During today's weekly BYGL Inservice, Amanda Bennett (OSU Extension, Miami County) shared some striking images of the frothy, spittle-like masses produced by dogwood spittlebug (Clastoptera proteus) on its namesake host. Spittlebug (family Cercopidae) nymphs are responsible for producing the frothy masses; adults of these insects are called "froghoppers" and have an entirely different life style.
Spittlebug nymphs insert their piercing-sucking mouthparts into phloem vessels to extract amino acids dissolved in the sugary plant sap. The nymphs discharge excess sap from their anus and create their frothy masses by pumping air into the sugary, sticky liquid. Dave Shetlar (OSU Entomology) has long contended "anal bumble bugs" would be a more appropriate name for these insects.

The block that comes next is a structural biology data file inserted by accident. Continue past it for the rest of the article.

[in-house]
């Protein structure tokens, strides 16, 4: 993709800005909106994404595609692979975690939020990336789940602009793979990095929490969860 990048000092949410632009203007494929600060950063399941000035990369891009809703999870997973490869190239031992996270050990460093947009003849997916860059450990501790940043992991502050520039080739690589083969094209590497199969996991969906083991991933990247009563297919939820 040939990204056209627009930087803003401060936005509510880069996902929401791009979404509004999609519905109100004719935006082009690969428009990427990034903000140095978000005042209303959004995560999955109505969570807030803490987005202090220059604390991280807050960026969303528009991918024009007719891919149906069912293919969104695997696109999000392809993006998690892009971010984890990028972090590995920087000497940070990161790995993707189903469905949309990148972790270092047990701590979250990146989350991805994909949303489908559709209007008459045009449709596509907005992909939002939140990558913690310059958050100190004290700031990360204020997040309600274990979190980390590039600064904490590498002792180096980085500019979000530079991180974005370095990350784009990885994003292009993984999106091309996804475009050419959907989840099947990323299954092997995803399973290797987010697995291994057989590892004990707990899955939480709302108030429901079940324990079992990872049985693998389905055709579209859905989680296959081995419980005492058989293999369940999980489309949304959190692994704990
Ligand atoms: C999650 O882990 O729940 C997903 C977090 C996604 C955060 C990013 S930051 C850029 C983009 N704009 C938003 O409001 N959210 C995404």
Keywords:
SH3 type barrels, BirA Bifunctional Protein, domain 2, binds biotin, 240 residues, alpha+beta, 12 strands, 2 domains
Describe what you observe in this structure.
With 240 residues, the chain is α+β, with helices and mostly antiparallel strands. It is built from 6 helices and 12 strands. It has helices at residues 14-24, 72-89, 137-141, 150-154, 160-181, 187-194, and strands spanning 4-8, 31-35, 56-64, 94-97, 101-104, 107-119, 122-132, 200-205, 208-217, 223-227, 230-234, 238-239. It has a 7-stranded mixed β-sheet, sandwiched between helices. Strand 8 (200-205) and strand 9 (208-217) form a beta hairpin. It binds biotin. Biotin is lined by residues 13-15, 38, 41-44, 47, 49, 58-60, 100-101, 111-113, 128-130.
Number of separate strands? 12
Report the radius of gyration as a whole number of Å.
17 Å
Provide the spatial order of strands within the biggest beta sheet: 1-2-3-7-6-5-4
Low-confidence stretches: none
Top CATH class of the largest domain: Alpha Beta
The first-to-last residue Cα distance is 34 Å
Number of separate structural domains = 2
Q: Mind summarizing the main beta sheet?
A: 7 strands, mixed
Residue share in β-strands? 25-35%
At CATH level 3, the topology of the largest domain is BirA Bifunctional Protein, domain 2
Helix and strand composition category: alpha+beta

The nymphs can be found embedded within their frothy mass with the foamy "spittle" serving several functions including protecting them from predators and parasitoids. Most types of spittlebugs cause little harm to their hosts and are primarily viewed as oddities. Dogwood spittlebug is a good example. While they may feed on all species of dogwoods in Ohio's woods and landscapes, their "damage" is mostly relegated to the unattractive appearance of the spittle-masse as well as the unsightly occurrence of blackened foliage produced by sooty molds colonizing spittle that drips onto leaves.